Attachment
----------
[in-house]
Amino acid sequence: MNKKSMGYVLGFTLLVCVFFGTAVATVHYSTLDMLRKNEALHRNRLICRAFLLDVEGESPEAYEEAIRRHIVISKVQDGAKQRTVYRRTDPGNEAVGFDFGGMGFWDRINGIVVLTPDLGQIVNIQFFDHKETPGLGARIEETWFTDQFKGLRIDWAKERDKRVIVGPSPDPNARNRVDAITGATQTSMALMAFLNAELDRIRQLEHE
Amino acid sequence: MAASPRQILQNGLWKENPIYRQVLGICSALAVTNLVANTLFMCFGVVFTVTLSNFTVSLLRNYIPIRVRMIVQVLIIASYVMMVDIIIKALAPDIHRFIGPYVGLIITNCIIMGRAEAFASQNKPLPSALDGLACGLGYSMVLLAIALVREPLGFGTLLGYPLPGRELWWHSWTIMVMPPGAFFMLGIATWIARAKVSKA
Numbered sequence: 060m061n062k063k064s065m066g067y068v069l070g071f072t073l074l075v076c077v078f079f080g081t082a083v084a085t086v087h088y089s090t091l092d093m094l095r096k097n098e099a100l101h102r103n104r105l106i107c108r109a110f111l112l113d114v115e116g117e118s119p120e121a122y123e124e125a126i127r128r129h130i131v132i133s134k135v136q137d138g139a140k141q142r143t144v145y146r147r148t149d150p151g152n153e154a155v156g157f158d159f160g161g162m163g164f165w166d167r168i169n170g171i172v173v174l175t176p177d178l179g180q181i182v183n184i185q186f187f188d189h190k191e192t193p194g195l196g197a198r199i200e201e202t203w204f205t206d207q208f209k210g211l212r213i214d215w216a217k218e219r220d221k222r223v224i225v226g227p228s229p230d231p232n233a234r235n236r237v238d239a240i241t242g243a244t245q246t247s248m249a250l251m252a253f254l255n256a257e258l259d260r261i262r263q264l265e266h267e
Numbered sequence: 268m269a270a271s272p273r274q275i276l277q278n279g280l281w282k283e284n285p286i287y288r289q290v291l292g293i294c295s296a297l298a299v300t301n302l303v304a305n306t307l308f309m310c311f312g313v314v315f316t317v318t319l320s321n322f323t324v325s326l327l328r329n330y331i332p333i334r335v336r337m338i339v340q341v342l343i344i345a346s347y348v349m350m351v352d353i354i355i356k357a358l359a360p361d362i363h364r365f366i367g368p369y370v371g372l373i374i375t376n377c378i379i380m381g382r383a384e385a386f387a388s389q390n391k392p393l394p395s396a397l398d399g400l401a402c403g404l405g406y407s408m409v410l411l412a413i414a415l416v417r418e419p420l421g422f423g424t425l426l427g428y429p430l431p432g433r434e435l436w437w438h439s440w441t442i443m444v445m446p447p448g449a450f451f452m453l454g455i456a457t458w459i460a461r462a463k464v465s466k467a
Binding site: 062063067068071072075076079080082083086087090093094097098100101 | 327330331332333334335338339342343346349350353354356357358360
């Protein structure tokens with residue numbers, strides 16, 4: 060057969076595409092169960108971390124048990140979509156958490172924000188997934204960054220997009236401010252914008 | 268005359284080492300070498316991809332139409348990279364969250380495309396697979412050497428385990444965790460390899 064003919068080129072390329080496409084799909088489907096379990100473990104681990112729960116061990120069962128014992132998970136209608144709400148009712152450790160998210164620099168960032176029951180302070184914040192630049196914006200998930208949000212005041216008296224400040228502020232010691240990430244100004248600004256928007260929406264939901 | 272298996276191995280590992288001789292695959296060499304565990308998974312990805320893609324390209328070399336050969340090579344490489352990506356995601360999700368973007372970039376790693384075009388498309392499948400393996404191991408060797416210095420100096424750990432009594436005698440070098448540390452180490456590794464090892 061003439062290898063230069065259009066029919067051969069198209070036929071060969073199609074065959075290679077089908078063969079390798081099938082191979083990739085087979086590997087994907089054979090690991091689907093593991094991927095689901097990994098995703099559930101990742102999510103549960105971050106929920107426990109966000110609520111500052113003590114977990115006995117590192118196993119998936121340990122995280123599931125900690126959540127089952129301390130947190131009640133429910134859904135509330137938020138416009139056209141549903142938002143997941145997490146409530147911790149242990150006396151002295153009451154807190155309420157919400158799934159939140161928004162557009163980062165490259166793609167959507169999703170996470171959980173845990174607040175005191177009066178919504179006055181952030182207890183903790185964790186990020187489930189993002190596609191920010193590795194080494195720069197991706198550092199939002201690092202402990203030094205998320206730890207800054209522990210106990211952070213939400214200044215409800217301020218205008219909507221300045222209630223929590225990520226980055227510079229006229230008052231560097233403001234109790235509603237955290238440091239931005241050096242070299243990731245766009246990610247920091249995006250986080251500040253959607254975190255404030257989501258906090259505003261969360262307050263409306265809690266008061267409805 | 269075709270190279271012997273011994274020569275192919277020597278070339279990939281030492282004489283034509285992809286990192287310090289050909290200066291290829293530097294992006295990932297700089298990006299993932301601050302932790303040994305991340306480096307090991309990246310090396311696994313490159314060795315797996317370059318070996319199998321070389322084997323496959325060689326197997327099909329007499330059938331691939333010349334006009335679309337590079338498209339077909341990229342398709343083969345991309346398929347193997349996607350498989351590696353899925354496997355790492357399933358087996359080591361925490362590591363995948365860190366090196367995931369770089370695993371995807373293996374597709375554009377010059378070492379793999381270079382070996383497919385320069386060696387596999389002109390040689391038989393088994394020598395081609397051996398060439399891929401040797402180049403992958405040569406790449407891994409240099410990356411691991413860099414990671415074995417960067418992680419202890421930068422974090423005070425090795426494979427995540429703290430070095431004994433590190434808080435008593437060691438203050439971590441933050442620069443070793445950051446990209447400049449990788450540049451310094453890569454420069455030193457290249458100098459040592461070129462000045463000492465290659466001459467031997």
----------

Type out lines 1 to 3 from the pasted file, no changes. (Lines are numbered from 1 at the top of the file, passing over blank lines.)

[in-house]
Amino acid sequence: MNKKSMGYVLGFTLLVCVFFGTAVATVHYSTLDMLRKNEALHRNRLICRAFLLDVEGESPEAYEEAIRRHIVISKVQDGAKQRTVYRRTDPGNEAVGFDFGGMGFWDRINGIVVLTPDLGQIVNIQFFDHKETPGLGARIEETWFTDQFKGLRIDWAKERDKRVIVGPSPDPNARNRVDAITGATQTSMALMAFLNAELDRIRQLEHE
Amino acid sequence: MAASPRQILQNGLWKENPIYRQVLGICSALAVTNLVANTLFMCFGVVFTVTLSNFTVSLLRNYIPIRVRMIVQVLIIASYVMMVDIIIKALAPDIHRFIGPYVGLIITNCIIMGRAEAFASQNKPLPSALDGLACGLGYSMVLLAIALVREPLGFGTLLGYPLPGRELWWHSWTIMVMPPGAFFMLGIATWIARAKVSKA